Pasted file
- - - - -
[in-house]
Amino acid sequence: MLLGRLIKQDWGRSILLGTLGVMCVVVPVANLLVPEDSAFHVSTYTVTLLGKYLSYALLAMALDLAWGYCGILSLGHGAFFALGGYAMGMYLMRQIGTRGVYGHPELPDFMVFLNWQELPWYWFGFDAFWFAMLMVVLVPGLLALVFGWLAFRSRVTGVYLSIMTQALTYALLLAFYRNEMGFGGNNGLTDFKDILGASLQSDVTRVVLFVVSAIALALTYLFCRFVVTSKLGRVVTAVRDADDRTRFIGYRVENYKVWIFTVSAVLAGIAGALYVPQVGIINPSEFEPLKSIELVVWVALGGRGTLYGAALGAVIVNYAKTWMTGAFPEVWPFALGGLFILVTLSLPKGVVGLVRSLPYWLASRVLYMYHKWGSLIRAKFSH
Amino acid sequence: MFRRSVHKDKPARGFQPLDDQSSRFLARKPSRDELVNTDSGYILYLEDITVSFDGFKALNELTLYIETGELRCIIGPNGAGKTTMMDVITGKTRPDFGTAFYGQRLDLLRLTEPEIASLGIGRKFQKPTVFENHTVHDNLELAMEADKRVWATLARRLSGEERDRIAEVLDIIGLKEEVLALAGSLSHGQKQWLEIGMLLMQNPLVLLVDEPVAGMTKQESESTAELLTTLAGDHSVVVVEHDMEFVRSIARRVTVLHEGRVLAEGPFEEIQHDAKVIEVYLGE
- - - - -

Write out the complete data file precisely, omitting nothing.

[in-house]
Amino acid sequence: MLLGRLIKQDWGRSILLGTLGVMCVVVPVANLLVPEDSAFHVSTYTVTLLGKYLSYALLAMALDLAWGYCGILSLGHGAFFALGGYAMGMYLMRQIGTRGVYGHPELPDFMVFLNWQELPWYWFGFDAFWFAMLMVVLVPGLLALVFGWLAFRSRVTGVYLSIMTQALTYALLLAFYRNEMGFGGNNGLTDFKDILGASLQSDVTRVVLFVVSAIALALTYLFCRFVVTSKLGRVVTAVRDADDRTRFIGYRVENYKVWIFTVSAVLAGIAGALYVPQVGIINPSEFEPLKSIELVVWVALGGRGTLYGAALGAVIVNYAKTWMTGAFPEVWPFALGGLFILVTLSLPKGVVGLVRSLPYWLASRVLYMYHKWGSLIRAKFSH
Amino acid sequence: MFRRSVHKDKPARGFQPLDDQSSRFLARKPSRDELVNTDSGYILYLEDITVSFDGFKALNELTLYIETGELRCIIGPNGAGKTTMMDVITGKTRPDFGTAFYGQRLDLLRLTEPEIASLGIGRKFQKPTVFENHTVHDNLELAMEADKRVWATLARRLSGEERDRIAEVLDIIGLKEEVLALAGSLSHGQKQWLEIGMLLMQNPLVLLVDEPVAGMTKQESESTAELLTTLAGDHSVVVVEHDMEFVRSIARRVTVLHEGRVLAEGPFEEIQHDAKVIEVYLGE